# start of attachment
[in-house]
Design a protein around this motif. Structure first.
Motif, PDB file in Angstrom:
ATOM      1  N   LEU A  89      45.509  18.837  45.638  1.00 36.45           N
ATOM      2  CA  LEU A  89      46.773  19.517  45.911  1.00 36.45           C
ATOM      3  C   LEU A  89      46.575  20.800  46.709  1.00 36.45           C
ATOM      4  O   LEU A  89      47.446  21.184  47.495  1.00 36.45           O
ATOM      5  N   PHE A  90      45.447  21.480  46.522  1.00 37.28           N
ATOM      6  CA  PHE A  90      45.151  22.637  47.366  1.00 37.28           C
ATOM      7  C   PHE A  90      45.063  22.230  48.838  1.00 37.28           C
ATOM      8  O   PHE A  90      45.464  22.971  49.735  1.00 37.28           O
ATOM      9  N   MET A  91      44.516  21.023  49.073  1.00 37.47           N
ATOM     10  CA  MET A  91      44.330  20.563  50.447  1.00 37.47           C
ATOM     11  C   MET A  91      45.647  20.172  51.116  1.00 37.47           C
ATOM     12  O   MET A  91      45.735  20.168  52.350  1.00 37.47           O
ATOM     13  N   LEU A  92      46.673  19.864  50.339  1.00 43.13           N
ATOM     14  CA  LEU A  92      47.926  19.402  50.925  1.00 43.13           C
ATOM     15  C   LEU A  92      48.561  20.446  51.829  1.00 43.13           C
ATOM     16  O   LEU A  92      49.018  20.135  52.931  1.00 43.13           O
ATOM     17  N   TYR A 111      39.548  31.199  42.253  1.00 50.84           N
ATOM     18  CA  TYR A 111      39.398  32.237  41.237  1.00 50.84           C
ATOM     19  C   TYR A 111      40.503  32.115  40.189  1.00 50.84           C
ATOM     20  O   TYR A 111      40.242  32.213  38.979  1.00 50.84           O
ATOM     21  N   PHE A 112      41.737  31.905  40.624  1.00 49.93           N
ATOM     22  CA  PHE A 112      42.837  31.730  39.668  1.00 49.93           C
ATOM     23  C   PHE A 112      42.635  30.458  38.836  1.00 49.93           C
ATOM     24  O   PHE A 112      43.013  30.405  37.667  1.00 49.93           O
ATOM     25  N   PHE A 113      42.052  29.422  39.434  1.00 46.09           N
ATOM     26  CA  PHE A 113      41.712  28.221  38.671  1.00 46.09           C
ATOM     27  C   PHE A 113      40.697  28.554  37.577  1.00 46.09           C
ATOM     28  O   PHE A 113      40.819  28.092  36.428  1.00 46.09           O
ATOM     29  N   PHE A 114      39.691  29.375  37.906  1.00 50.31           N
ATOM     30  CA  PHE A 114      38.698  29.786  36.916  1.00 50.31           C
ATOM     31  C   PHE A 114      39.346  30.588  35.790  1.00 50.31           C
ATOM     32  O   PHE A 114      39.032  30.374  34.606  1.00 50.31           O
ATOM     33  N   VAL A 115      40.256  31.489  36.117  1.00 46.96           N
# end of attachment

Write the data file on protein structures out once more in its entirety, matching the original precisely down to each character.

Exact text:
[in-house]
Design a protein around this motif. Structure first.
Motif, PDB file in Angstrom:
ATOM      1  N   LEU A  89      45.509  18.837  45.638  1.00 36.45           N
ATOM      2  CA  LEU A  89      46.773  19.517  45.911  1.00 36.45           C
ATOM      3  C   LEU A  89      46.575  20.800  46.709  1.00 36.45           C
ATOM      4  O   LEU A  89      47.446  21.184  47.495  1.00 36.45           O
ATOM      5  N   PHE A  90      45.447  21.480  46.522  1.00 37.28           N
ATOM      6  CA  PHE A  90      45.151  22.637  47.366  1.00 37.28           C
ATOM      7  C   PHE A  90      45.063  22.230  48.838  1.00 37.28           C
ATOM      8  O   PHE A  90      45.464  22.971  49.735  1.00 37.28           O
ATOM      9  N   MET A  91      44.516  21.023  49.073  1.00 37.47           N
ATOM     10  CA  MET A  91      44.330  20.563  50.447  1.00 37.47           C
ATOM     11  C   MET A  91      45.647  20.172  51.116  1.00 37.47           C
ATOM     12  O   MET A  91      45.735  20.168  52.350  1.00 37.47           O
ATOM     13  N   LEU A  92      46.673  19.864  50.339  1.00 43.13           N
ATOM     14  CA  LEU A  92      47.926  19.402  50.925  1.00 43.13           C
ATOM     15  C   LEU A  92      48.561  20.446  51.829  1.00 43.13           C
ATOM     16  O   LEU A  92      49.018  20.135  52.931  1.00 43.13           O
ATOM     17  N   TYR A 111      39.548  31.199  42.253  1.00 50.84           N
ATOM     18  CA  TYR A 111      39.398  32.237  41.237  1.00 50.84           C
ATOM     19  C   TYR A 111      40.503  32.115  40.189  1.00 50.84           C
ATOM     20  O   TYR A 111      40.242  32.213  38.979  1.00 50.84           O
ATOM     21  N   PHE A 112      41.737  31.905  40.624  1.00 49.93           N
ATOM     22  CA  PHE A 112      42.837  31.730  39.668  1.00 49.93           C
ATOM     23  C   PHE A 112      42.635  30.458  38.836  1.00 49.93           C
ATOM     24  O   PHE A 112      43.013  30.405  37.667  1.00 49.93           O
ATOM     25  N   PHE A 113      42.052  29.422  39.434  1.00 46.09           N
ATOM     26  CA  PHE A 113      41.712  28.221  38.671  1.00 46.09           C
ATOM     27  C   PHE A 113      40.697  28.554  37.577  1.00 46.09           C
ATOM     28  O   PHE A 113      40.819  28.092  36.428  1.00 46.09           O
ATOM     29  N   PHE A 114      39.691  29.375  37.906  1.00 50.31           N
ATOM     30  CA  PHE A 114      38.698  29.786  36.916  1.00 50.31           C
ATOM     31  C   PHE A 114      39.346  30.588  35.790  1.00 50.31           C
ATOM     32  O   PHE A 114      39.032  30.374  34.606  1.00 50.31           O
ATOM     33  N   VAL A 115      40.256  31.489  36.117  1.00 46.96           N